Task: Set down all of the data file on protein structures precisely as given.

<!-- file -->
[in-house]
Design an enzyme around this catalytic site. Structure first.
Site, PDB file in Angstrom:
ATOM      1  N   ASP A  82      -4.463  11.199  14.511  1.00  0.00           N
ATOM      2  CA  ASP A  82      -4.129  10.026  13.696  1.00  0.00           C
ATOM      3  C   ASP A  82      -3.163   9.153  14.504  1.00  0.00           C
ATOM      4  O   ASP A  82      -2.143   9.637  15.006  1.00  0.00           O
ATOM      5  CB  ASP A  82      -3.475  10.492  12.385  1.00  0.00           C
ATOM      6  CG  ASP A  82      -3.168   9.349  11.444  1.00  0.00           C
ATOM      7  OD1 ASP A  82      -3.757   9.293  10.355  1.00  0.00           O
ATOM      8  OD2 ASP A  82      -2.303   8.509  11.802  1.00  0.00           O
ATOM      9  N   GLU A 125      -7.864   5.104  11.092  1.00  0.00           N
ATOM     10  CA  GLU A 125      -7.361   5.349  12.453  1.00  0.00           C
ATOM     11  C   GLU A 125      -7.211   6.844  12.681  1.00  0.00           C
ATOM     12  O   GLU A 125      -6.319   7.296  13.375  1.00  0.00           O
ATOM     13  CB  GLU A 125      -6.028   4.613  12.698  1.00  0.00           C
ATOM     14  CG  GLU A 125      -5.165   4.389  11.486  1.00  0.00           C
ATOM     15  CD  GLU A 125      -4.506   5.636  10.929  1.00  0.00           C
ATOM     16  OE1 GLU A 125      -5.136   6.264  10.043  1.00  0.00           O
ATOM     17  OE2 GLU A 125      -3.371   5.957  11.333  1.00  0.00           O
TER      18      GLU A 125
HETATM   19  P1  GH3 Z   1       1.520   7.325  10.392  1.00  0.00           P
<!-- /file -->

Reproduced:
[in-house]
Design an enzyme around this catalytic site. Structure first.
Site, PDB file in Angstrom:
ATOM      1  N   ASP A  82      -4.463  11.199  14.511  1.00  0.00           N
ATOM      2  CA  ASP A  82      -4.129  10.026  13.696  1.00  0.00           C
ATOM      3  C   ASP A  82      -3.163   9.153  14.504  1.00  0.00           C
ATOM      4  O   ASP A  82      -2.143   9.637  15.006  1.00  0.00           O
ATOM      5  CB  ASP A  82      -3.475  10.492  12.385  1.00  0.00           C
ATOM      6  CG  ASP A  82      -3.168   9.349  11.444  1.00  0.00           C
ATOM      7  OD1 ASP A  82      -3.757   9.293  10.355  1.00  0.00           O
ATOM      8  OD2 ASP A  82      -2.303   8.509  11.802  1.00  0.00           O
ATOM      9  N   GLU A 125      -7.864   5.104  11.092  1.00  0.00           N
ATOM     10  CA  GLU A 125      -7.361   5.349  12.453  1.00  0.00           C
ATOM     11  C   GLU A 125      -7.211   6.844  12.681  1.00  0.00           C
ATOM     12  O   GLU A 125      -6.319   7.296  13.375  1.00  0.00           O
ATOM     13  CB  GLU A 125      -6.028   4.613  12.698  1.00  0.00           C
ATOM     14  CG  GLU A 125      -5.165   4.389  11.486  1.00  0.00           C
ATOM     15  CD  GLU A 125      -4.506   5.636  10.929  1.00  0.00           C
ATOM     16  OE1 GLU A 125      -5.136   6.264  10.043  1.00  0.00           O
ATOM     17  OE2 GLU A 125      -3.371   5.957  11.333  1.00  0.00           O
TER      18      GLU A 125
HETATM   19  P1  GH3 Z   1       1.520   7.325  10.392  1.00  0.00           P